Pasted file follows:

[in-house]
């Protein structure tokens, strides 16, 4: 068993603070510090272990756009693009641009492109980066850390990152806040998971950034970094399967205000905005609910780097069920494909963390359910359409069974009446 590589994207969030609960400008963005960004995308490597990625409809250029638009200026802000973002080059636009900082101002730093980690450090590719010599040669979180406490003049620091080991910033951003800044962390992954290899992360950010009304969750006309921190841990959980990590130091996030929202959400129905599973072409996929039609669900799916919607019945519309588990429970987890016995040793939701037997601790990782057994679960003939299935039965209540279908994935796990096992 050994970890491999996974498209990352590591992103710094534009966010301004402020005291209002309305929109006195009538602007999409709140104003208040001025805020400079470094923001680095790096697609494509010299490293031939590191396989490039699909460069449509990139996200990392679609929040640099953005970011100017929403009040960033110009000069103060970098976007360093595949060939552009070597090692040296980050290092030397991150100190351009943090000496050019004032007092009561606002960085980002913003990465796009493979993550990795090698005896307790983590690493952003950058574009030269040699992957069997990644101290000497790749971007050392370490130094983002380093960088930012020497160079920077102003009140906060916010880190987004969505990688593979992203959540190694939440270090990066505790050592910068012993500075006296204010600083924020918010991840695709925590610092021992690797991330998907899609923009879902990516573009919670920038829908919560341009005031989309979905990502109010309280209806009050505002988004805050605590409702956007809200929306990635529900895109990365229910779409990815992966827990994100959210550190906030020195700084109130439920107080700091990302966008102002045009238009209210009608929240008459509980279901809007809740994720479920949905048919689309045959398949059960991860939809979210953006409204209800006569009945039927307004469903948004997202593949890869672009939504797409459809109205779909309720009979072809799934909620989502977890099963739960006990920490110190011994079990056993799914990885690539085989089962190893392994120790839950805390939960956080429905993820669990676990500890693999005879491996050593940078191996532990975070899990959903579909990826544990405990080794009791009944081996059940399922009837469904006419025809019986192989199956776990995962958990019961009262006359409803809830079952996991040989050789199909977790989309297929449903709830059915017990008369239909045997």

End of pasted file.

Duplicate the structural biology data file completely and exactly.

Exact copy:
[in-house]
């Protein structure tokens, strides 16, 4: 068993603070510090272990756009693009641009492109980066850390990152806040998971950034970094399967205000905005609910780097069920494909963390359910359409069974009446 590589994207969030609960400008963005960004995308490597990625409809250029638009200026802000973002080059636009900082101002730093980690450090590719010599040669979180406490003049620091080991910033951003800044962390992954290899992360950010009304969750006309921190841990959980990590130091996030929202959400129905599973072409996929039609669900799916919607019945519309588990429970987890016995040793939701037997601790990782057994679960003939299935039965209540279908994935796990096992 050994970890491999996974498209990352590591992103710094534009966010301004402020005291209002309305929109006195009538602007999409709140104003208040001025805020400079470094923001680095790096697609494509010299490293031939590191396989490039699909460069449509990139996200990392679609929040640099953005970011100017929403009040960033110009000069103060970098976007360093595949060939552009070597090692040296980050290092030397991150100190351009943090000496050019004032007092009561606002960085980002913003990465796009493979993550990795090698005896307790983590690493952003950058574009030269040699992957069997990644101290000497790749971007050392370490130094983002380093960088930012020497160079920077102003009140906060916010880190987004969505990688593979992203959540190694939440270090990066505790050592910068012993500075006296204010600083924020918010991840695709925590610092021992690797991330998907899609923009879902990516573009919670920038829908919560341009005031989309979905990502109010309280209806009050505002988004805050605590409702956007809200929306990635529900895109990365229910779409990815992966827990994100959210550190906030020195700084109130439920107080700091990302966008102002045009238009209210009608929240008459509980279901809007809740994720479920949905048919689309045959398949059960991860939809979210953006409204209800006569009945039927307004469903948004997202593949890869672009939504797409459809109205779909309720009979072809799934909620989502977890099963739960006990920490110190011994079990056993799914990885690539085989089962190893392994120790839950805390939960956080429905993820669990676990500890693999005879491996050593940078191996532990975070899990959903579909990826544990405990080794009791009944081996059940399922009837469904006419025809019986192989199956776990995962958990019961009262006359409803809830079952996991040989050789199909977790989309297929449903709830059915017990008369239909045997």